Public engagement with science

Public engagement with science (and scientist engagement with the public)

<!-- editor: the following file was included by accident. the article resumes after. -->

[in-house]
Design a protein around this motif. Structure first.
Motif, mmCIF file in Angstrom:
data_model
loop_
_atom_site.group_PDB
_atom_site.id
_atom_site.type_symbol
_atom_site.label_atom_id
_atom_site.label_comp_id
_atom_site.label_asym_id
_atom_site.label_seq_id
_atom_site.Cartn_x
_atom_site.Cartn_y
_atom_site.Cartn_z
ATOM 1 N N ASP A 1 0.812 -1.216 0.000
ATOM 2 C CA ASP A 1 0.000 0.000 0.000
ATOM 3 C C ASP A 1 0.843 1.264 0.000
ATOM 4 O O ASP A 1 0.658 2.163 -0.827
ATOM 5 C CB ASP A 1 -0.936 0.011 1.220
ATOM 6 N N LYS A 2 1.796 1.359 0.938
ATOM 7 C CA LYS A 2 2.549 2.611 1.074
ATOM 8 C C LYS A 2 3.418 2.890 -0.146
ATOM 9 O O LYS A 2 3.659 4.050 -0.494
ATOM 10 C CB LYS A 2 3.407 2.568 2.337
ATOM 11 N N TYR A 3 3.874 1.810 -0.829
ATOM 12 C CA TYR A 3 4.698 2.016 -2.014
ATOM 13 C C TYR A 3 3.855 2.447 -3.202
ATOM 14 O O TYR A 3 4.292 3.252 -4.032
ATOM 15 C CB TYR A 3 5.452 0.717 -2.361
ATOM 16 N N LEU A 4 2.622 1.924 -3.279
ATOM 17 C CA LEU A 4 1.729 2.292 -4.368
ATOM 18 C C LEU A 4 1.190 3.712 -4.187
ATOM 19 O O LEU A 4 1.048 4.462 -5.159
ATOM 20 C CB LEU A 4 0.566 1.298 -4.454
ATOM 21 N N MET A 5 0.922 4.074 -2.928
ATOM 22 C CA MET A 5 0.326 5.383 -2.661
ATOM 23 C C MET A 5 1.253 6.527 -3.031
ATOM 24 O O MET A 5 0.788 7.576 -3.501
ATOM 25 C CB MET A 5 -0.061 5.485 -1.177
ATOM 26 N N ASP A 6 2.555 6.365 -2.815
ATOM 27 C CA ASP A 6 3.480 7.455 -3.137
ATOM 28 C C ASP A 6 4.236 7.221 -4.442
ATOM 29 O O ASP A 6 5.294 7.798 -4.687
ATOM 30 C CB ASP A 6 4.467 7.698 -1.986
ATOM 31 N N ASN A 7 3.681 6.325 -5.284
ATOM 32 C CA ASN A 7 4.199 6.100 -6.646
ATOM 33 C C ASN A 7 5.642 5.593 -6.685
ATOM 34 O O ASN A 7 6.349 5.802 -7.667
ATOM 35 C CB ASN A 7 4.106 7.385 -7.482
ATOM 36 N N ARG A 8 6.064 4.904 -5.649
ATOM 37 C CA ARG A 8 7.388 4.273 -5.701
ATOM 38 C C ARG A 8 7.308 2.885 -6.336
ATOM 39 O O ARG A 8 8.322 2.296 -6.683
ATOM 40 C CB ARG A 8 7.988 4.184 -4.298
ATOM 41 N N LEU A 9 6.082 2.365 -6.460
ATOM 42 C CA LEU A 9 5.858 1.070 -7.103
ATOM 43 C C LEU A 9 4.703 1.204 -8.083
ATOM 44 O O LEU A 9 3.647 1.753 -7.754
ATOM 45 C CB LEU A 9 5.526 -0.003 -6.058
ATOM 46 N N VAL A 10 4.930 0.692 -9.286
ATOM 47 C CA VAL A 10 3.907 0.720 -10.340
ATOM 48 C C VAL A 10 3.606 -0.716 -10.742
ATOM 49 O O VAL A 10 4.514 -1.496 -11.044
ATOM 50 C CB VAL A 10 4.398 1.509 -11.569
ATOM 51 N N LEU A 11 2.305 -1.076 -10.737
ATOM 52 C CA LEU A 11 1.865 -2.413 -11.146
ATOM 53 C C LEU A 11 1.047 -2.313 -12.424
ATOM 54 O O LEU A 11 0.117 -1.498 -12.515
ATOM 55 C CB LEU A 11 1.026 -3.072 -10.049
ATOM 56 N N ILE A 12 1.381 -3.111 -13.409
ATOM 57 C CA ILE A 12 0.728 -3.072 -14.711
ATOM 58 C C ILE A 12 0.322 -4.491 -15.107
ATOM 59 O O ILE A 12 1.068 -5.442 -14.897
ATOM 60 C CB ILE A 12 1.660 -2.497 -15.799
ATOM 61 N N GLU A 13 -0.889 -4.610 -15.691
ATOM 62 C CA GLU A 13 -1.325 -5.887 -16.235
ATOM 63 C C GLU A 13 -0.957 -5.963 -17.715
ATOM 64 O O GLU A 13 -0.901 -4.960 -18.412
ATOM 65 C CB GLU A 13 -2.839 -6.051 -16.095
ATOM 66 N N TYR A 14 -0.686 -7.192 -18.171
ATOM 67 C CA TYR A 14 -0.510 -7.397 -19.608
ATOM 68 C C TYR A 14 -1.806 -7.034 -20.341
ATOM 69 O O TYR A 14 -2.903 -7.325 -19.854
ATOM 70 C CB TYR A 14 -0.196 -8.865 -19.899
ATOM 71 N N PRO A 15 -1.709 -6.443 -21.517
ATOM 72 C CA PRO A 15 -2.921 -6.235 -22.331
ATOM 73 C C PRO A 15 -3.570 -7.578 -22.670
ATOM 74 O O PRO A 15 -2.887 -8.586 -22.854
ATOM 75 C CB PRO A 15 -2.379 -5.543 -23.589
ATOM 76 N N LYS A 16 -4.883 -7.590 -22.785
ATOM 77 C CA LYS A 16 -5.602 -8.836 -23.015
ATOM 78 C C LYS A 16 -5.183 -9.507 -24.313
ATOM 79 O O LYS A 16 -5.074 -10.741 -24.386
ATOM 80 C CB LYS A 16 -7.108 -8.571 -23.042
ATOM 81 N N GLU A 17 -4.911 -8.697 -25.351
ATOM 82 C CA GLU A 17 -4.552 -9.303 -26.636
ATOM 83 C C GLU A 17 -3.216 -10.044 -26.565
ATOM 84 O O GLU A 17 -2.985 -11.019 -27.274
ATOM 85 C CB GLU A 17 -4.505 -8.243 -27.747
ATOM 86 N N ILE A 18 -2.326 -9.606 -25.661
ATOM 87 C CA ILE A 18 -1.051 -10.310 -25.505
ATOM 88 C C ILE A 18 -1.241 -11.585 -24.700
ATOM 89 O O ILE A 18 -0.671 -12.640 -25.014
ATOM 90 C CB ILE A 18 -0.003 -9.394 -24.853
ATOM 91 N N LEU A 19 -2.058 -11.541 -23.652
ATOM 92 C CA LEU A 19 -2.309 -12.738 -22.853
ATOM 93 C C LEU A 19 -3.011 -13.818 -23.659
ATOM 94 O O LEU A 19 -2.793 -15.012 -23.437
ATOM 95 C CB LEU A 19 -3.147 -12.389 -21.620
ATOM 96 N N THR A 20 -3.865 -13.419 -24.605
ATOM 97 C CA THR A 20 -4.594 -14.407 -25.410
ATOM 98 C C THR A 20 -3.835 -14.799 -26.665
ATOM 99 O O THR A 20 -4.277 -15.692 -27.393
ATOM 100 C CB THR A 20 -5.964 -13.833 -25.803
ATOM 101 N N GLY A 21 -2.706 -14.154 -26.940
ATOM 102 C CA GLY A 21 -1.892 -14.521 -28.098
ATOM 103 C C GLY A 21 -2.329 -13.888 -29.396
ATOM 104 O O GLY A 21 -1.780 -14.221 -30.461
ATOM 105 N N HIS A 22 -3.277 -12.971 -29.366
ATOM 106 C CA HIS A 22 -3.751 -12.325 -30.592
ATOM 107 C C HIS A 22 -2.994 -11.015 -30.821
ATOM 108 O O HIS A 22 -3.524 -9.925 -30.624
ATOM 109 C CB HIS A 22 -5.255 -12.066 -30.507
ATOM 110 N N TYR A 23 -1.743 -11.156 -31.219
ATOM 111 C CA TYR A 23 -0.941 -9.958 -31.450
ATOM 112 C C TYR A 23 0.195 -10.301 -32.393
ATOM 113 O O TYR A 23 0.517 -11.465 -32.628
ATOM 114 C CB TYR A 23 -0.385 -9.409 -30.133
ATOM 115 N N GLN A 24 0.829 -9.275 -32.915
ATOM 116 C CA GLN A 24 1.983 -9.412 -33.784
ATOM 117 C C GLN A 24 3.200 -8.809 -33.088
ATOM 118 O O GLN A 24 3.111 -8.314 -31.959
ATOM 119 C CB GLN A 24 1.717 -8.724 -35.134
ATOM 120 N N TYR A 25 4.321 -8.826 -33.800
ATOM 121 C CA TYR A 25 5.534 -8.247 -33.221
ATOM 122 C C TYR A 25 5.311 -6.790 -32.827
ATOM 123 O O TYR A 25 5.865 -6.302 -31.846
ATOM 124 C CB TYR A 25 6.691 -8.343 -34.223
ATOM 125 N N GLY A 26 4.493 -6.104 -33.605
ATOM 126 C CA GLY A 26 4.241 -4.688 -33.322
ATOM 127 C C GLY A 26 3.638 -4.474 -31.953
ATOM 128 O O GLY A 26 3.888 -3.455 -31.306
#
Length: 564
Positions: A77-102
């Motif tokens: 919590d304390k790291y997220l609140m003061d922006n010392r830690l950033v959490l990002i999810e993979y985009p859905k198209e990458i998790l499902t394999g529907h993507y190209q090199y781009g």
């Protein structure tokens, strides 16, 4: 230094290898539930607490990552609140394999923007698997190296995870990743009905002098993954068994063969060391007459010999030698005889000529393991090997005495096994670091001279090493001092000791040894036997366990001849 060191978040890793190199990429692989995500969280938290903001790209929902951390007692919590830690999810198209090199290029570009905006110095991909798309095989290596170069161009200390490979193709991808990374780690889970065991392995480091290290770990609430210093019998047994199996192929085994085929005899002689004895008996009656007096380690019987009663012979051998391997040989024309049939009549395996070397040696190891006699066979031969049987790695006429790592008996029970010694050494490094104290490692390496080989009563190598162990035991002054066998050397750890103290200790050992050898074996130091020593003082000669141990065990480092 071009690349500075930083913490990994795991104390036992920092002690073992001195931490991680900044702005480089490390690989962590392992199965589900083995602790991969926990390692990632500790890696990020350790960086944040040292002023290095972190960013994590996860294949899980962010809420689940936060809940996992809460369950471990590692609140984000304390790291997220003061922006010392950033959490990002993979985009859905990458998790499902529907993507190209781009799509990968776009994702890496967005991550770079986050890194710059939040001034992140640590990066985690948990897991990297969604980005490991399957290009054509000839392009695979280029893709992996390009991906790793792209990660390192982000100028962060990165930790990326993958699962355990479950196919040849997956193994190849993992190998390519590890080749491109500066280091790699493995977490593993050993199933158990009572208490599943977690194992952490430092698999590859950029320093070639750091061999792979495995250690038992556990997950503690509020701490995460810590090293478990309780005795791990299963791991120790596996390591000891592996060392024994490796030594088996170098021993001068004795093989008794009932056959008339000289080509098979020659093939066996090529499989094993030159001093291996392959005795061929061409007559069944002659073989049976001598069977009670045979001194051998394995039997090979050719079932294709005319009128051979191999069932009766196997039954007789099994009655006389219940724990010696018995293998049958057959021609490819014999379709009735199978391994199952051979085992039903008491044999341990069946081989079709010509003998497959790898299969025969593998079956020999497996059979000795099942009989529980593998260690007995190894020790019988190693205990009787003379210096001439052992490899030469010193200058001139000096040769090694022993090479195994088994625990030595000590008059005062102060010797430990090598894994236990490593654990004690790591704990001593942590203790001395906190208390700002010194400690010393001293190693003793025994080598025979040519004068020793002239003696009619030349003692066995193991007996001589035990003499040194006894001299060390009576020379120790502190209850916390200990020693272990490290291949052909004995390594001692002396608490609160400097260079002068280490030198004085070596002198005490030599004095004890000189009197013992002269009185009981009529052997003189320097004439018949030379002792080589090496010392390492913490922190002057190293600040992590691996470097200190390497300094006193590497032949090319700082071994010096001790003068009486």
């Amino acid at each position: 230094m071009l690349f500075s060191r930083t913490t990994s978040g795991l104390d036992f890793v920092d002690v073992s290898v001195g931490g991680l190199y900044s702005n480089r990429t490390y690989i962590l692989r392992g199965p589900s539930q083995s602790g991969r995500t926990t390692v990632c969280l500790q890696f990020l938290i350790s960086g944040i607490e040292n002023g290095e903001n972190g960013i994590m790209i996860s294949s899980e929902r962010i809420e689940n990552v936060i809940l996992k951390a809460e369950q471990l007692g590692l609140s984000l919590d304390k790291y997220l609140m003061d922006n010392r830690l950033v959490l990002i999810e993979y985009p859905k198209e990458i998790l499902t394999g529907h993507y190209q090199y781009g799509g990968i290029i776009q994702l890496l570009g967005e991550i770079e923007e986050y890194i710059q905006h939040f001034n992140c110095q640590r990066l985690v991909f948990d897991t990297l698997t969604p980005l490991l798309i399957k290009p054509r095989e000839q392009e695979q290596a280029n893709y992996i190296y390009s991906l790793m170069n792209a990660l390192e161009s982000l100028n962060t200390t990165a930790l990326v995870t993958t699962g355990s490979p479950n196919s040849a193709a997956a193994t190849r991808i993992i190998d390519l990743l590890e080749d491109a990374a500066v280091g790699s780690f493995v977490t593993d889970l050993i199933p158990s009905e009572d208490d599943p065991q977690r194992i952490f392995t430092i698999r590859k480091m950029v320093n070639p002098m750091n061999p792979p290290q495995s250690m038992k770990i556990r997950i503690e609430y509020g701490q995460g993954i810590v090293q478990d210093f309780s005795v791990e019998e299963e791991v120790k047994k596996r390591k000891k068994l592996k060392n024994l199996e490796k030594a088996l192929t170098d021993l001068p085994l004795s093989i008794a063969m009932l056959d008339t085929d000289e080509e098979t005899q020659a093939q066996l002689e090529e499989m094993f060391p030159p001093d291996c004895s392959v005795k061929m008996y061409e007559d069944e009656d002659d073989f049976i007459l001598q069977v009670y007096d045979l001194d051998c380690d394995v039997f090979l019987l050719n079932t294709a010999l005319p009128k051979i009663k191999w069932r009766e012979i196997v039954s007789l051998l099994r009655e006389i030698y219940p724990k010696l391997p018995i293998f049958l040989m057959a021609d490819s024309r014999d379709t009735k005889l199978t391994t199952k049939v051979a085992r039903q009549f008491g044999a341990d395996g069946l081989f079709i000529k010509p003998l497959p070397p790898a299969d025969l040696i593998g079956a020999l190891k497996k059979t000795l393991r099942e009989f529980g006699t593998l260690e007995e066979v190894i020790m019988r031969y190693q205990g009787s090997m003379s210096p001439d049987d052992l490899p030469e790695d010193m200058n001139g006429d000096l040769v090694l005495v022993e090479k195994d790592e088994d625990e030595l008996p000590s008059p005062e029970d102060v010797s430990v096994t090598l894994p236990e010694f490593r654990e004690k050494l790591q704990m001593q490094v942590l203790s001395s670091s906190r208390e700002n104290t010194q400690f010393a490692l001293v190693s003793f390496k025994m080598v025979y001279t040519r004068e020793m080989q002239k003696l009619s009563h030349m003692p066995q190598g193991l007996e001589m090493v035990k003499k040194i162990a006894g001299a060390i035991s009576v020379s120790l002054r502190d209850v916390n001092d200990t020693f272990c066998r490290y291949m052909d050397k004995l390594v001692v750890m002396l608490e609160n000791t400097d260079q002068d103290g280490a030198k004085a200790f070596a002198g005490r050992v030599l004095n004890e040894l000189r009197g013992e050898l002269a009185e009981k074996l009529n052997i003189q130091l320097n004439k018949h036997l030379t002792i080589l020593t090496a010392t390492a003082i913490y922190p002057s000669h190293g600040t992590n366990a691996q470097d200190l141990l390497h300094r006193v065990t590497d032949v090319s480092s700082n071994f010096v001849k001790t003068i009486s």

Gaining a better understanding of how the general (U.S.) public thinks about and interacts with science and technology is critically important for protecting and expanding the role that scientific knowledge and discovery plays in modern life (particularly policymaking). Moreover, decreasing levels of public trust in essentially all major institutions (including science and scientists) underscores the need to better understand scientists’ motivations to engage with the public as well as to identify best practices for supporting fruitful engagement from both directions. To this end, a number of recent projects focus on identifying what the public thinks of new and emerging scientific issues and technologies (e.g., Markowitz, Englebourgh, Nisbet & Danylchuk, in press; Newman, Markowitz & Nisbet, in prep; Nisbet & Markowitz, 2014), including the use of drones for environmental conservation, stem cells for biomedical research, and responses to abrupt climate change.